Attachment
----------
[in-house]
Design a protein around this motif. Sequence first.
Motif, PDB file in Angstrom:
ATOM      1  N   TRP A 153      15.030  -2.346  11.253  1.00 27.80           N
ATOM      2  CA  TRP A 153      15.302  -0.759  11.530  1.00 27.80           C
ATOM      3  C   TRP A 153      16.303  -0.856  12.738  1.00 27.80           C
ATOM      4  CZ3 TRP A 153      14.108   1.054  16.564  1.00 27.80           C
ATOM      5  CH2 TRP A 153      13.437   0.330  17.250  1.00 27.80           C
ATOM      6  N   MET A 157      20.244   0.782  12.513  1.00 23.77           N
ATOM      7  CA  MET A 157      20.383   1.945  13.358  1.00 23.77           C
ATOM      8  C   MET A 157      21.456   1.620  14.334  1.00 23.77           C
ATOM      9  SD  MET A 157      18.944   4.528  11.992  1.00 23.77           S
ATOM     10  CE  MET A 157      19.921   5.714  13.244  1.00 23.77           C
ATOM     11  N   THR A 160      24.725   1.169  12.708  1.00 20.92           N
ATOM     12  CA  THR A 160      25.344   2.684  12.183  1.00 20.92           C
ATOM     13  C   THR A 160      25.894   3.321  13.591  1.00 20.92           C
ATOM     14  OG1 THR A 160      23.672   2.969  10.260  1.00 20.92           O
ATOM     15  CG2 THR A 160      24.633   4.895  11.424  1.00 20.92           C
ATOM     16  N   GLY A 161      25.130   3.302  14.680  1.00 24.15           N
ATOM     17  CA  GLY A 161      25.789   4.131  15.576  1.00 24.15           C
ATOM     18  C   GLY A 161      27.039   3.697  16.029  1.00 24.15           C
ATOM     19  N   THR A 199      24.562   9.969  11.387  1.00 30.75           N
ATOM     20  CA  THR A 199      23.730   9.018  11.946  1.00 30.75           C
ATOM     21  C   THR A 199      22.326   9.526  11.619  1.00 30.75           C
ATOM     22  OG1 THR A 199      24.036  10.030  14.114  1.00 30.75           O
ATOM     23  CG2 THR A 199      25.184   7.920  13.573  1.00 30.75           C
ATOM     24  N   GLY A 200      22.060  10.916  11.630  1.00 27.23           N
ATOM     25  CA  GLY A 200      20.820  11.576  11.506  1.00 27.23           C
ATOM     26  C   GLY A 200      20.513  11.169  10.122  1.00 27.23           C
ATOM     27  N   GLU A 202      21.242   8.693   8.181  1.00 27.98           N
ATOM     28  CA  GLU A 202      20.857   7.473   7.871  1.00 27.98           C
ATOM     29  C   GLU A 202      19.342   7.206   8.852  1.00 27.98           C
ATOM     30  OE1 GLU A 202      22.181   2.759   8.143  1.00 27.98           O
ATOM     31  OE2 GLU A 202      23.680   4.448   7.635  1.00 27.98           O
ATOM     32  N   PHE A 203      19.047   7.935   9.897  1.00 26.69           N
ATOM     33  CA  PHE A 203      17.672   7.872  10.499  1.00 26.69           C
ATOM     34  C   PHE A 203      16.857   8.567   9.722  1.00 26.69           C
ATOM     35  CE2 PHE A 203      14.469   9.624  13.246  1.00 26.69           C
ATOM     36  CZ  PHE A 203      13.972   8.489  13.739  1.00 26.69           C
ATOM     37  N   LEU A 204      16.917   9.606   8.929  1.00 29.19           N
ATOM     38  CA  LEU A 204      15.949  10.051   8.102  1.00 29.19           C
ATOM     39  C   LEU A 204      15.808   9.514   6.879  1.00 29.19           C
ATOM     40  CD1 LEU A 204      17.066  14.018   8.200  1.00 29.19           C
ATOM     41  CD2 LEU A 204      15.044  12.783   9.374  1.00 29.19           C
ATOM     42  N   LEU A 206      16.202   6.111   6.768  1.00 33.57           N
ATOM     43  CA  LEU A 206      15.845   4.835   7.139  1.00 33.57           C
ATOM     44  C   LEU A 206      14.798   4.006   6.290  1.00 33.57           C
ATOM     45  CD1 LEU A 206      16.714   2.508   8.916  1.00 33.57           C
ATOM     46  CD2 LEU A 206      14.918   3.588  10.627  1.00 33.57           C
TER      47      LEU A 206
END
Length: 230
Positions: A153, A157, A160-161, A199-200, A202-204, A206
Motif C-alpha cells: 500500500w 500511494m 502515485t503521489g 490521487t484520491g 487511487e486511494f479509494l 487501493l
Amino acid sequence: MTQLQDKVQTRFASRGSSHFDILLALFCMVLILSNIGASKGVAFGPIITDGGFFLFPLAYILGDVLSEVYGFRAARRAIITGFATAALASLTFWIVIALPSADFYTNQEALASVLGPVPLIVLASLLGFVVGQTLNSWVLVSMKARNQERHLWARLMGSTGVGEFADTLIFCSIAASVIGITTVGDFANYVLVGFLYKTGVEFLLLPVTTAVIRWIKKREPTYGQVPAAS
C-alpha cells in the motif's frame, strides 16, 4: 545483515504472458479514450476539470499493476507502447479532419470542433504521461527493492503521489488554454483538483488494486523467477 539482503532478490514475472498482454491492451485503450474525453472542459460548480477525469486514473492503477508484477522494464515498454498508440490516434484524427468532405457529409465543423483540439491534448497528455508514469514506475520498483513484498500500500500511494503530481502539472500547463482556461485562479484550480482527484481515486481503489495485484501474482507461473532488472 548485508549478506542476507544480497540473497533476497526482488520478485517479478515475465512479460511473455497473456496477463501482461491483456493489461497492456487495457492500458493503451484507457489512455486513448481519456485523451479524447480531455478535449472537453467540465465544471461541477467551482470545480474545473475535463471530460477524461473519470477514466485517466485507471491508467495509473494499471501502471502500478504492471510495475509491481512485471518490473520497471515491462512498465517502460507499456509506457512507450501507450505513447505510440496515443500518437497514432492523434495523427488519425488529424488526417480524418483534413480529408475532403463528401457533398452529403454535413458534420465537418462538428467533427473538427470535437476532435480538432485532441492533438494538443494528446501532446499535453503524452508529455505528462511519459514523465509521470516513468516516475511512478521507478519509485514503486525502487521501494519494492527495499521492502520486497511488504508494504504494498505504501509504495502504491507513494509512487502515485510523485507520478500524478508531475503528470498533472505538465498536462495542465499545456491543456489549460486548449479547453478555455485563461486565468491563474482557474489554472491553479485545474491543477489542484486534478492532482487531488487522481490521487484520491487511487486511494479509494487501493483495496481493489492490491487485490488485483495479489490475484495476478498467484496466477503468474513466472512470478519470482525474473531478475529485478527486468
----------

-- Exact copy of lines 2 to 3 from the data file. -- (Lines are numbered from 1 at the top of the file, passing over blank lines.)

Design a protein around this motif. Sequence first.
Motif, PDB file in Angstrom: